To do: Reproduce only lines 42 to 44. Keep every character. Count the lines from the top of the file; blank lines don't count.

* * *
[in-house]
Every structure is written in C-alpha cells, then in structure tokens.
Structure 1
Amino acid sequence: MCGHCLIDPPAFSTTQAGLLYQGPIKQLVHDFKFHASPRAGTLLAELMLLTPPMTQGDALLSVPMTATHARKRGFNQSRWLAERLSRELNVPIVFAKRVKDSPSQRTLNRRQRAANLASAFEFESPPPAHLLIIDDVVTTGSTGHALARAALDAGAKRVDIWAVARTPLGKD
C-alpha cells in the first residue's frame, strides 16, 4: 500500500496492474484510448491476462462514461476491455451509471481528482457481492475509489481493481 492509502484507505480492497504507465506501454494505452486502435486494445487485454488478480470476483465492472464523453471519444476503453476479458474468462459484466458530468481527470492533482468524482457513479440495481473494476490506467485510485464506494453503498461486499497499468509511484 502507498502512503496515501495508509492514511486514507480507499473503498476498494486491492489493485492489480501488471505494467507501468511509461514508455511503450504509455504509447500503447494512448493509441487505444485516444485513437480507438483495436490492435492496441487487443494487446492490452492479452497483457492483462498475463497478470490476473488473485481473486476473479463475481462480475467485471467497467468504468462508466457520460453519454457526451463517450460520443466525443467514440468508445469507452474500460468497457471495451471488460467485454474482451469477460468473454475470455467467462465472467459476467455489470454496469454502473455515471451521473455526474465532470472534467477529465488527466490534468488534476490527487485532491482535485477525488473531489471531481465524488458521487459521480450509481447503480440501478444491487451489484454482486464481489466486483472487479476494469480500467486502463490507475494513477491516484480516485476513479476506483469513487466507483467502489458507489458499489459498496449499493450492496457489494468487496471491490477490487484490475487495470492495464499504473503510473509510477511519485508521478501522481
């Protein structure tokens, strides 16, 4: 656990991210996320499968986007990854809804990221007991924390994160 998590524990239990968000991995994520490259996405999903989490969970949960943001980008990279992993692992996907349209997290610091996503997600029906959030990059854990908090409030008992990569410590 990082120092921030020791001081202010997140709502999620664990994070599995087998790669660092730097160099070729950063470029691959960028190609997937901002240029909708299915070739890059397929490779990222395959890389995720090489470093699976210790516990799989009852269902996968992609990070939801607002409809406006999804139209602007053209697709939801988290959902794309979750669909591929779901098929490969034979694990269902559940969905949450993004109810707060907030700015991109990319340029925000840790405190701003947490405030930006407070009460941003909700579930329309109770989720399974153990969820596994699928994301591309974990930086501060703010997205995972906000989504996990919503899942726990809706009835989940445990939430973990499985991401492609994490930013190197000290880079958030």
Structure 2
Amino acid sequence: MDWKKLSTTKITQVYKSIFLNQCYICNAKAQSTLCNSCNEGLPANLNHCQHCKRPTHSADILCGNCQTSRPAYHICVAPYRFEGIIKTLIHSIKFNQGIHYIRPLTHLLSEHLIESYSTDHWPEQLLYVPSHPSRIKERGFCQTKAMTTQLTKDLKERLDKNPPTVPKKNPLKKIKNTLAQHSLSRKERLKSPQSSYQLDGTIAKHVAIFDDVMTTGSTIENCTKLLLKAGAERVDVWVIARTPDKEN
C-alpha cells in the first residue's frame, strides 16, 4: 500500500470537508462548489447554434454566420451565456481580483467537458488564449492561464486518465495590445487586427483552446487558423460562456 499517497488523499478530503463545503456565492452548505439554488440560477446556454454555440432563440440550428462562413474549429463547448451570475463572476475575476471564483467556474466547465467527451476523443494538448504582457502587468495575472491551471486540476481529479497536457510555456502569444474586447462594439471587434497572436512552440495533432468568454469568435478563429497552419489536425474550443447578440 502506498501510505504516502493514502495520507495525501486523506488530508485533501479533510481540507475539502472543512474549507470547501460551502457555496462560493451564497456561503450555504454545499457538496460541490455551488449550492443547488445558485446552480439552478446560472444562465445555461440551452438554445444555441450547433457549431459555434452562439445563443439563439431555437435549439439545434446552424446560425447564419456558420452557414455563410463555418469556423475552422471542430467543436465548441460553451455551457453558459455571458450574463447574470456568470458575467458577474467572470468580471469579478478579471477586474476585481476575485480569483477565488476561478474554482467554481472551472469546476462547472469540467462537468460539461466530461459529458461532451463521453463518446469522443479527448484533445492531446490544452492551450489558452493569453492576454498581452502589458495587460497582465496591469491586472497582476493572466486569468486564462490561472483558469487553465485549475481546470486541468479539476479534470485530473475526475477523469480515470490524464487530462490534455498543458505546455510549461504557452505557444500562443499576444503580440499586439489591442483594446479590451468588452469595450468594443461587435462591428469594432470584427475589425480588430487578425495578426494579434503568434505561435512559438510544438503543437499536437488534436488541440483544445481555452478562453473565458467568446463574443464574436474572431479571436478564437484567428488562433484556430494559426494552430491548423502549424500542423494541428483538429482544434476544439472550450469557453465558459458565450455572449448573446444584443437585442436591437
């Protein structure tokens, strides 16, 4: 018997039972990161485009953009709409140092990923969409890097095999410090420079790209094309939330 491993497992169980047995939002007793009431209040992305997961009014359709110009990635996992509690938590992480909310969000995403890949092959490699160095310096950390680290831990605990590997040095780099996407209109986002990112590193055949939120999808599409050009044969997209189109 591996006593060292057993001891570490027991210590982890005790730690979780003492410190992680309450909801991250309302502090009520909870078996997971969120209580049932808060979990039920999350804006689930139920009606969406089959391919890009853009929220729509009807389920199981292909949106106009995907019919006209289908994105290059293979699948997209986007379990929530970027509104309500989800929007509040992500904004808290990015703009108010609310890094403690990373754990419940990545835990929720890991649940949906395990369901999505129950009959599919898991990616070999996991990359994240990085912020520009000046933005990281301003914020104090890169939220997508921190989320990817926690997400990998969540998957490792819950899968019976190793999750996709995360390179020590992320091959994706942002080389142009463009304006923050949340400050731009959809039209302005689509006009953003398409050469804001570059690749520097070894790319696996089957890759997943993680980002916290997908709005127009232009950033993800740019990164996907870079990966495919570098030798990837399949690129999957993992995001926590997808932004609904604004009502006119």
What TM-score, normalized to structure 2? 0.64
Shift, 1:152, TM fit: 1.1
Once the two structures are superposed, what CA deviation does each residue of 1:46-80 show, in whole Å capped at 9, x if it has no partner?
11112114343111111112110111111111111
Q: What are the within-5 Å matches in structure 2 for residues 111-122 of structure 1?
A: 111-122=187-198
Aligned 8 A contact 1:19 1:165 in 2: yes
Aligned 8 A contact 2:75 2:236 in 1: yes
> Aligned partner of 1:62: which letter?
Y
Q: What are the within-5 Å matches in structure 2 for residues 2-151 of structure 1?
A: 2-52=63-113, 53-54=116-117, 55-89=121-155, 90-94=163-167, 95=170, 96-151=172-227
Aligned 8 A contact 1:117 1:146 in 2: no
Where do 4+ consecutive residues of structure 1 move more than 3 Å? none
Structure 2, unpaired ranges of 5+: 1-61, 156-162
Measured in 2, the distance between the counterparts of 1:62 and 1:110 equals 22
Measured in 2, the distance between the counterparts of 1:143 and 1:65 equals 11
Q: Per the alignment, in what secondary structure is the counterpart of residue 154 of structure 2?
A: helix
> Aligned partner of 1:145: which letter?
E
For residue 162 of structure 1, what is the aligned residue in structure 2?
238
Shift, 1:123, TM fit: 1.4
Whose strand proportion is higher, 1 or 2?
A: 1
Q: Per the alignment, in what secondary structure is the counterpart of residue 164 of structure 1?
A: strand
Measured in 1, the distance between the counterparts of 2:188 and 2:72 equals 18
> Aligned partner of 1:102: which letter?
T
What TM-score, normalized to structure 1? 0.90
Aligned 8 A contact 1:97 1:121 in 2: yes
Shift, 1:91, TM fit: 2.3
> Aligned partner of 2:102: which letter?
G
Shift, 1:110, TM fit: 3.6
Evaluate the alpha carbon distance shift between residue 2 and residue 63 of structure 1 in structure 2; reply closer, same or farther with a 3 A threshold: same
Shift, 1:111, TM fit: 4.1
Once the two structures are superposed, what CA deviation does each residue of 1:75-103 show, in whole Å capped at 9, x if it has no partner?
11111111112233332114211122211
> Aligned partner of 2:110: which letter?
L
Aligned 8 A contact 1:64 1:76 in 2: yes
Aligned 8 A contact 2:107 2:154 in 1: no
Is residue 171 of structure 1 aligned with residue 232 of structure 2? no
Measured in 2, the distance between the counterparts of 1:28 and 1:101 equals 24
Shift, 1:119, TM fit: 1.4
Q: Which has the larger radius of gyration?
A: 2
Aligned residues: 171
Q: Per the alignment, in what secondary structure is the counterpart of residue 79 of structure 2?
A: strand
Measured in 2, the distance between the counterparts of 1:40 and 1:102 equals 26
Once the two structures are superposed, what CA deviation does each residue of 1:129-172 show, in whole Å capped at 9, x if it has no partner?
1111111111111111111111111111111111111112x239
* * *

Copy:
What TM-score, normalized to structure 1? 0.90
Aligned 8 A contact 1:97 1:121 in 2: yes
Shift, 1:91, TM fit: 2.3